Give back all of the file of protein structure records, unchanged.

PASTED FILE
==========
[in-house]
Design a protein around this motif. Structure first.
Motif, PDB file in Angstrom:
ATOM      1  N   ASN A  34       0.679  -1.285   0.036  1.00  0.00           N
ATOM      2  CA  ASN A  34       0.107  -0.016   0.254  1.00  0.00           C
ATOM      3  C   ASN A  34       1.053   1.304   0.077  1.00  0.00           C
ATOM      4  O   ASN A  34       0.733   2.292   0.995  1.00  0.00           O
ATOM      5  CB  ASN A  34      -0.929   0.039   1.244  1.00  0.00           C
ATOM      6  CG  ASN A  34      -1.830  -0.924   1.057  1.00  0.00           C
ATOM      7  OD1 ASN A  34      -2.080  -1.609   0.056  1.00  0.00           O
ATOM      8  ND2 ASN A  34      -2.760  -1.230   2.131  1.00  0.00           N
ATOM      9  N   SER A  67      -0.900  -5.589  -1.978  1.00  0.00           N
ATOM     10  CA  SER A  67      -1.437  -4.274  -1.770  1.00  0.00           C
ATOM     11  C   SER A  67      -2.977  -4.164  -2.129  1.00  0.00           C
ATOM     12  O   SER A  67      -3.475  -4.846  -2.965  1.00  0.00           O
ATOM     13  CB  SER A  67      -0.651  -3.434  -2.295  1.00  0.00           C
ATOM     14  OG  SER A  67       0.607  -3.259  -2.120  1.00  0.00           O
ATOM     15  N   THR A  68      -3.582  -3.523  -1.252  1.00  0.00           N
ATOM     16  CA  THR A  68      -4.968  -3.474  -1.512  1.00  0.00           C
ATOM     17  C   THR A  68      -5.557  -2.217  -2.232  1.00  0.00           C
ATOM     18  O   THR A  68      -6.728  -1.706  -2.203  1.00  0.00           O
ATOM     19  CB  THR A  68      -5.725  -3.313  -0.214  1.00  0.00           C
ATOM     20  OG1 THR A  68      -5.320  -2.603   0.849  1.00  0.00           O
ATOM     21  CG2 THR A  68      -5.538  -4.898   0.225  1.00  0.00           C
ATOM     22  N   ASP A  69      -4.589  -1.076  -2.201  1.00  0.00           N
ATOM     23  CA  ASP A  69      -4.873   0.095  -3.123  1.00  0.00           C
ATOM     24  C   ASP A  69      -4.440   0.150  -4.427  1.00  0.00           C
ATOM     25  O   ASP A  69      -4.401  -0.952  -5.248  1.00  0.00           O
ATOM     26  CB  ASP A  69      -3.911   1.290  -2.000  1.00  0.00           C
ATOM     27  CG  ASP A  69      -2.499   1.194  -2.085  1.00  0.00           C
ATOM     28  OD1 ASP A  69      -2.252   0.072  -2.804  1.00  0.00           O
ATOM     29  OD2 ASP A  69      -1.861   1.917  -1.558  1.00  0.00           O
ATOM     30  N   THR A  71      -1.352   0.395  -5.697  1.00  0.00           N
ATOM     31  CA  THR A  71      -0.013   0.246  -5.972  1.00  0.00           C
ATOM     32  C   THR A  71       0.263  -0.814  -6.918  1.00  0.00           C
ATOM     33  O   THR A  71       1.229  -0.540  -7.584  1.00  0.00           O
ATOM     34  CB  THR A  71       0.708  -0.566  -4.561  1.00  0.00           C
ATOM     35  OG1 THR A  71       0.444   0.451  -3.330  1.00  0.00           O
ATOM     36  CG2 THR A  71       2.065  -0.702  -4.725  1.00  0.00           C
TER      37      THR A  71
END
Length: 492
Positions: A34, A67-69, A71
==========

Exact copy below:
[in-house]
Design a protein around this motif. Structure first.
Motif, PDB file in Angstrom:
ATOM      1  N   ASN A  34       0.679  -1.285   0.036  1.00  0.00           N
ATOM      2  CA  ASN A  34       0.107  -0.016   0.254  1.00  0.00           C
ATOM      3  C   ASN A  34       1.053   1.304   0.077  1.00  0.00           C
ATOM      4  O   ASN A  34       0.733   2.292   0.995  1.00  0.00           O
ATOM      5  CB  ASN A  34      -0.929   0.039   1.244  1.00  0.00           C
ATOM      6  CG  ASN A  34      -1.830  -0.924   1.057  1.00  0.00           C
ATOM      7  OD1 ASN A  34      -2.080  -1.609   0.056  1.00  0.00           O
ATOM      8  ND2 ASN A  34      -2.760  -1.230   2.131  1.00  0.00           N
ATOM      9  N   SER A  67      -0.900  -5.589  -1.978  1.00  0.00           N
ATOM     10  CA  SER A  67      -1.437  -4.274  -1.770  1.00  0.00           C
ATOM     11  C   SER A  67      -2.977  -4.164  -2.129  1.00  0.00           C
ATOM     12  O   SER A  67      -3.475  -4.846  -2.965  1.00  0.00           O
ATOM     13  CB  SER A  67      -0.651  -3.434  -2.295  1.00  0.00           C
ATOM     14  OG  SER A  67       0.607  -3.259  -2.120  1.00  0.00           O
ATOM     15  N   THR A  68      -3.582  -3.523  -1.252  1.00  0.00           N
ATOM     16  CA  THR A  68      -4.968  -3.474  -1.512  1.00  0.00           C
ATOM     17  C   THR A  68      -5.557  -2.217  -2.232  1.00  0.00           C
ATOM     18  O   THR A  68      -6.728  -1.706  -2.203  1.00  0.00           O
ATOM     19  CB  THR A  68      -5.725  -3.313  -0.214  1.00  0.00           C
ATOM     20  OG1 THR A  68      -5.320  -2.603   0.849  1.00  0.00           O
ATOM     21  CG2 THR A  68      -5.538  -4.898   0.225  1.00  0.00           C
ATOM     22  N   ASP A  69      -4.589  -1.076  -2.201  1.00  0.00           N
ATOM     23  CA  ASP A  69      -4.873   0.095  -3.123  1.00  0.00           C
ATOM     24  C   ASP A  69      -4.440   0.150  -4.427  1.00  0.00           C
ATOM     25  O   ASP A  69      -4.401  -0.952  -5.248  1.00  0.00           O
ATOM     26  CB  ASP A  69      -3.911   1.290  -2.000  1.00  0.00           C
ATOM     27  CG  ASP A  69      -2.499   1.194  -2.085  1.00  0.00           C
ATOM     28  OD1 ASP A  69      -2.252   0.072  -2.804  1.00  0.00           O
ATOM     29  OD2 ASP A  69      -1.861   1.917  -1.558  1.00  0.00           O
ATOM     30  N   THR A  71      -1.352   0.395  -5.697  1.00  0.00           N
ATOM     31  CA  THR A  71      -0.013   0.246  -5.972  1.00  0.00           C
ATOM     32  C   THR A  71       0.263  -0.814  -6.918  1.00  0.00           C
ATOM     33  O   THR A  71       1.229  -0.540  -7.584  1.00  0.00           O
ATOM     34  CB  THR A  71       0.708  -0.566  -4.561  1.00  0.00           C
ATOM     35  OG1 THR A  71       0.444   0.451  -3.330  1.00  0.00           O
ATOM     36  CG2 THR A  71       2.065  -0.702  -4.725  1.00  0.00           C
TER      37      THR A  71
END
Length: 492
Positions: A34, A67-69, A71